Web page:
Typically, rising rates benefit financials because they’re able to charge more and it helps to boosts their net interest margins, which is better for the bottom line, explains Michael Giordano, vice president investments at Stone Asset Management Ltd. Cyclicals like the industrial and energy sectors also tend to benefit in this type of environment. On the other hand, debt-laden sectors like real estate, utilities and telecoms may face headwinds as rising rates will drive up their borrowing costs.
“Those are sort of the hard and fast ways to play,” says Giordano, who oversees the Stone Dividend Growth Class, which Refinitiv Lipper recently recognized as the best fund over the past five years in the dividend and equity category. He notes that higher rates could also hinder money flow into the high-growth technology names, adding that many tech companies have already experienced a correction.
A year ago, you could have bought anything down 40%. Even if the business wasn’t fantastic, it was unlikely it would continue to trade at such a huge discount, explains Newman. “Now you want to focus on companies growing earnings,” he says.
Dividend-paying stocks are a good place to be right now if you’re looking for yield, says Newman. They’re not overly expensive and have a reasonable outlook, but you have to look at them on a company-by-company basis.
Giordano shares a similar sentiment. “You’ve got to stay disciplined and you got to focus on quality companies,” he says. Larger companies that have the ability to pass on cost increases to consumers will be best positioned to survive in this environment.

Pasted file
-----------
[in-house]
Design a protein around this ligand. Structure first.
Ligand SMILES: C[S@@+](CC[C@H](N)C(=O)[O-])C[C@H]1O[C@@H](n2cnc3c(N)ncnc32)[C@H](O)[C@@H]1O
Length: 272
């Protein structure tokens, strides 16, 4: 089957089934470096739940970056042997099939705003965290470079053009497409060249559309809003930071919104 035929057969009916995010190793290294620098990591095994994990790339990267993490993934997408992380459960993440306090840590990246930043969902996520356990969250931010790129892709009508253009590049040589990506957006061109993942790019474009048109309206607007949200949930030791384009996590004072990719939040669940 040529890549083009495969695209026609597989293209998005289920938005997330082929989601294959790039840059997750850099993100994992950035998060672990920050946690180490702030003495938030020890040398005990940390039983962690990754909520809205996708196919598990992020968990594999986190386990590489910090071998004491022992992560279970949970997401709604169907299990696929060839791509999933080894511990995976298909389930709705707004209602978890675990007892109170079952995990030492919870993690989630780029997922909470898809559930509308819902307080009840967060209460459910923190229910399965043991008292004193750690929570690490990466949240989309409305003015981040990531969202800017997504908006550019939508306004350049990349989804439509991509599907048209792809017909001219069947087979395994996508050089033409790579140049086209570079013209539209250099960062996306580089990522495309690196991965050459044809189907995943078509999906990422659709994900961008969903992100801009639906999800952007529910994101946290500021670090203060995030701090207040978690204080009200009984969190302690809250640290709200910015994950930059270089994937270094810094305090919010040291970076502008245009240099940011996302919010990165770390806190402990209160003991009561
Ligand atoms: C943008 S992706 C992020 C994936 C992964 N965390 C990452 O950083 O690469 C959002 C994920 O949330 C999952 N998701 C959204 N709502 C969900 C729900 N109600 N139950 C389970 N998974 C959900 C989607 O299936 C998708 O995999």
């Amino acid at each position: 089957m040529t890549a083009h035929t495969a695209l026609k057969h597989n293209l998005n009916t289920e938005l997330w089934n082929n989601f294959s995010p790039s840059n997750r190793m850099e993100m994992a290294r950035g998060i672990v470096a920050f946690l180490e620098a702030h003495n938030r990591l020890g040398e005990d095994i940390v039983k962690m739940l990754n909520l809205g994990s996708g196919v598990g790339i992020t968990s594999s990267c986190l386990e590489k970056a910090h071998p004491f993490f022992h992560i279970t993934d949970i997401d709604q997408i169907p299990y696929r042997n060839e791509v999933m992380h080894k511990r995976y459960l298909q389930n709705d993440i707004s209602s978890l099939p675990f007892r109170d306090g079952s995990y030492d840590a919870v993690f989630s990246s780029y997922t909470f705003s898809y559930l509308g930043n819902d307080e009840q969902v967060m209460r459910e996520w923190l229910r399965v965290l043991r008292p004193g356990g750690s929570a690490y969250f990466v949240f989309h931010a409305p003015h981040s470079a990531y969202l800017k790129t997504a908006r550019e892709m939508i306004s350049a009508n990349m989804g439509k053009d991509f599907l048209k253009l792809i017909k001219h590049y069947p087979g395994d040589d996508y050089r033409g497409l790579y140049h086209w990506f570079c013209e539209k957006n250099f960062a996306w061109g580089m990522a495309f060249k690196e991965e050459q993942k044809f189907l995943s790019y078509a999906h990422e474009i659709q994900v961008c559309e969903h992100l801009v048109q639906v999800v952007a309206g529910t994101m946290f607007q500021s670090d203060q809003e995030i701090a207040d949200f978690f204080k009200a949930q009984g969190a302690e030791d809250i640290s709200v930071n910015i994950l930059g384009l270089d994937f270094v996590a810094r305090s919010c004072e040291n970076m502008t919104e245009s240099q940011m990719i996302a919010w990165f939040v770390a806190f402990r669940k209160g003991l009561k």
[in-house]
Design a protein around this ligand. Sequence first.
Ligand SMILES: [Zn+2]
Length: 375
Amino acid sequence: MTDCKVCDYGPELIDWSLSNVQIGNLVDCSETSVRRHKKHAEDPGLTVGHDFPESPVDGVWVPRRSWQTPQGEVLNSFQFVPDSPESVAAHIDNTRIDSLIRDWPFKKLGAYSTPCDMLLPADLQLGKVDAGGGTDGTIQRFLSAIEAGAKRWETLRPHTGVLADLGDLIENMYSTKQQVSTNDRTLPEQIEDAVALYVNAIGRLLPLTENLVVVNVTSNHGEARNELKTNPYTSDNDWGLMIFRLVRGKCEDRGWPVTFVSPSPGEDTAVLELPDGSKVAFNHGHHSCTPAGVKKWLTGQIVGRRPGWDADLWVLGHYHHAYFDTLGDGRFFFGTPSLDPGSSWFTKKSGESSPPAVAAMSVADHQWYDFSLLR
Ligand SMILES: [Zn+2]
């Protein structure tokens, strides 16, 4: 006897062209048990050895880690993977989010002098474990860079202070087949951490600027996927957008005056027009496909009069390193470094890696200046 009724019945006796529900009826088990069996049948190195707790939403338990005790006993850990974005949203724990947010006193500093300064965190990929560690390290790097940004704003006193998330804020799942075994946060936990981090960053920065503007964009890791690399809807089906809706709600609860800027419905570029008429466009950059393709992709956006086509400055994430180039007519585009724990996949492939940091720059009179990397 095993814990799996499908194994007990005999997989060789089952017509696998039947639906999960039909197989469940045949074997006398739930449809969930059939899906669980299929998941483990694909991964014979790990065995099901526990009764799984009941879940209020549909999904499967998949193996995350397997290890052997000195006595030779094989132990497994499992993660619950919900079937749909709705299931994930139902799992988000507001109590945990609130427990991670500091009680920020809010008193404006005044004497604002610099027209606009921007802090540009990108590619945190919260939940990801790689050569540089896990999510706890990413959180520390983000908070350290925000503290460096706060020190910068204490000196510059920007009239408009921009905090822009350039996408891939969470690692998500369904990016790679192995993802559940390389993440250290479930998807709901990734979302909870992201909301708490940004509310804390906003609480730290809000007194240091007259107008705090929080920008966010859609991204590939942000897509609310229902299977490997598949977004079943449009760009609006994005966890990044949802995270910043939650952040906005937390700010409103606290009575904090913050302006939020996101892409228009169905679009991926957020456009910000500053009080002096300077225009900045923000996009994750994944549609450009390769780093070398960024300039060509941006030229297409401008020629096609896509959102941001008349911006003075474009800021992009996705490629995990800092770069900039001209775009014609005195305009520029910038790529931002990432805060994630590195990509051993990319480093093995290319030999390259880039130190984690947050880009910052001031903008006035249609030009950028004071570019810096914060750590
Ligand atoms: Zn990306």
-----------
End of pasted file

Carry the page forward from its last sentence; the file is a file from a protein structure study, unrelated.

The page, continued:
For those of you who have been following our dividends coverage over the years, you’ll find the 2022 best class is a little deeper, with 14 companies atop the list, eight more than last year. The average yield of the top stocks is another notable change, sitting at 5.07% this year 2022, although that figure is somewhat inflated by the 23% yield on Labrador Iron Ore Royalty Co. The average yield dips to a respectable 3.66% when you take out that outlier. Sure, it’s a far cry from the 5.2% average in 2021, but it reflects the recovery. For those still learning the basics, the dividend yield is the annual dividend payout divided by the share price. So, as prices rise faster than the payout, yields will fall.
While you may not find any yields above 5% in the A-grade stocks, half of this group still have yields north of 4%. The fact that the yields are still that high is remarkable, considering how much these share prices jumped last year. And despite the uncertainty of the past few years, many companies we looked at managed to maintain—or even increase—their payouts.
Sometimes stocks are cheap for a reason. Looking back, it feels like stocks were on a once-in-a-lifetime sale. Kudos if you were able to capitalize on the rally, but prudent investors will likely do well to return to the fundamentals.